Wednesday, November 4, 2009

Fall Leaves: Shred ‘em & Spread ‘em

Fall is a favorite time of year for me: the smell of crisp air, the sights of crimson and gold, and the sound of crunching leaves in a great big pile. We have one maple in the front that provides enough leaves for everyone to have some fun but the leaf piles can’t last forever. Here’s another chance for you to Go Green, Save Green, and the best part is this one’s truly FREE.

According to the Knox County Recycling Coordinator, about HALF of all our local waste is green waste that could be turned into a valuable resource. This includes biodegradable products like paper & cardboard, food leftovers, and landscape waste. This time of year they are hauling off tons of leaves that would be better off if they never left your yard. Bagging leaves uses valuable landfill space, removes nutrients from the environment, and costs tax payers more money in service fees. Leaves are such a burden on landfills that some states like Minnesota have banned disposing of leaves with garbage.

There is a better solution: shred ‘em and spread ‘em! This past weekend Bob put both boys to work: Bobby fed the shredder and Devin spread the piles in the garden beds. They felt proud to be helpers and had a blast. Most of the year Bob runs over leaves with the lawn mower, which helps mix their nutrients into the soil. During fall, there’s too much volume and if left alone, matted leaves will create fungus and kill the grass sheltered from the sun.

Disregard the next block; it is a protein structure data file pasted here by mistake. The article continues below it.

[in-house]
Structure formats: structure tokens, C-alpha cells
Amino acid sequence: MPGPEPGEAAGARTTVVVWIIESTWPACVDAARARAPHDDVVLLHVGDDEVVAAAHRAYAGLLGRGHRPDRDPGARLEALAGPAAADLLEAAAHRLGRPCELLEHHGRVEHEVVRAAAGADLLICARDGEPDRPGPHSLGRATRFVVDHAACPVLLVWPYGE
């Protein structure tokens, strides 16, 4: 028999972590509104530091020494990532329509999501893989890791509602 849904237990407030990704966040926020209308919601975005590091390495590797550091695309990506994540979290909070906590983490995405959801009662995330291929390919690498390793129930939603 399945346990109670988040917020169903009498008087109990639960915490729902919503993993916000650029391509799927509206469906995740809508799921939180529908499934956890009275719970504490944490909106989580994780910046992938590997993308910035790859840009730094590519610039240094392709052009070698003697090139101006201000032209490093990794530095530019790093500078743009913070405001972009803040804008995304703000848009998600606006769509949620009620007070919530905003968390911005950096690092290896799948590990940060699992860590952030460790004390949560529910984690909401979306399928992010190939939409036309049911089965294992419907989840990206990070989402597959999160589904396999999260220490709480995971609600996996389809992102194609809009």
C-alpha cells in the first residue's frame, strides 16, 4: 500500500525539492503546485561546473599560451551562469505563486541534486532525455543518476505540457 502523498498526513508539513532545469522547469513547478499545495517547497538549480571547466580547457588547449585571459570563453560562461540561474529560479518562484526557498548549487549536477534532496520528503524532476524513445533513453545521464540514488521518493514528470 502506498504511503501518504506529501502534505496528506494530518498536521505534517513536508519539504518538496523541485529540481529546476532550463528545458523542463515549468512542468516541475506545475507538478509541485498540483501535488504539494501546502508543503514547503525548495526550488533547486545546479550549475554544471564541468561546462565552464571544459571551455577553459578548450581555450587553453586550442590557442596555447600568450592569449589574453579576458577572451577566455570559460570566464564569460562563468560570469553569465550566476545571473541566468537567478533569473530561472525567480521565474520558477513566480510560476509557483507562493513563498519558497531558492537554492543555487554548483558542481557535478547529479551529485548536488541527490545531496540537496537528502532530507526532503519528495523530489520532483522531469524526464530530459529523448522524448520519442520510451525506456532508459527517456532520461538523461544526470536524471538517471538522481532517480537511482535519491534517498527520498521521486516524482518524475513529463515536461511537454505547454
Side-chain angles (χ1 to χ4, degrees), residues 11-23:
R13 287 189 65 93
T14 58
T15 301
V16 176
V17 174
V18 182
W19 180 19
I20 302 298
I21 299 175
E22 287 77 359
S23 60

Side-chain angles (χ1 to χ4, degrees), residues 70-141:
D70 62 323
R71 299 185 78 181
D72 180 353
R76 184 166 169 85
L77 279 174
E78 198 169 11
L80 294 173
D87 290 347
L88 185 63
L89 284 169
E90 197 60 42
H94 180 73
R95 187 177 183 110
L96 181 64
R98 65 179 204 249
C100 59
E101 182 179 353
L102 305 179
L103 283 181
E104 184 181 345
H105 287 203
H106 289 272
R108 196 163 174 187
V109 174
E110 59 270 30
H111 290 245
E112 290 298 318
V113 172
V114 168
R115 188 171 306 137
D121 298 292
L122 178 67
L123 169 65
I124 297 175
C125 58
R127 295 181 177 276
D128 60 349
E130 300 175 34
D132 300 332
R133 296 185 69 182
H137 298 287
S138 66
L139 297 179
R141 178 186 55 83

With a leaf blower / vacuum, Bob sucks up the leaves. This shreds and shrinks them down to take up 10 times less space. Shredding leaves is essential to breaking them down efficiently. He could spread the contents around trees like mulch, but we choose to put some in our compost bin and some in the garden beds. All he has to do is periodically mix it with a shovel and they will become nutrient rich soil by spring.

According to this great website, leaves are an essential source of carbon to make compost. A good equation is 4 parts leaves to 1 part kitchen waste. I’ll be writing more about composting another time, but if you’re looking for a good place to start, check out this link. Shredded leaves also make better mulch than wood chips or shredded bark because you’ll get fewer weeds and no fungus underneath. Plus it’s FREE and you didn’t have to haul it to your house in a flatbed.

If you don’t have a shredder and you have no place to put an excess of leaves, consider dropping them off at one of Knoxville’s Natural Resources Recovery locations. They do charge a $25 / ton or $5 minimum fee, but you’ll know your waste will be turned into a valuable resource.

So go have some fun and then do something good for your yard.


  1. HI Margaret, I'm a friend of Andrea's and I love your blog. I can't wait to have a quiet house and read the coupon it :)

  2. How exciting to have a friend I don't even know! Any friend of Andrea's is a friend of mine! I look forward to hearing your feedback and please pass the blog along to those who might enjoy it.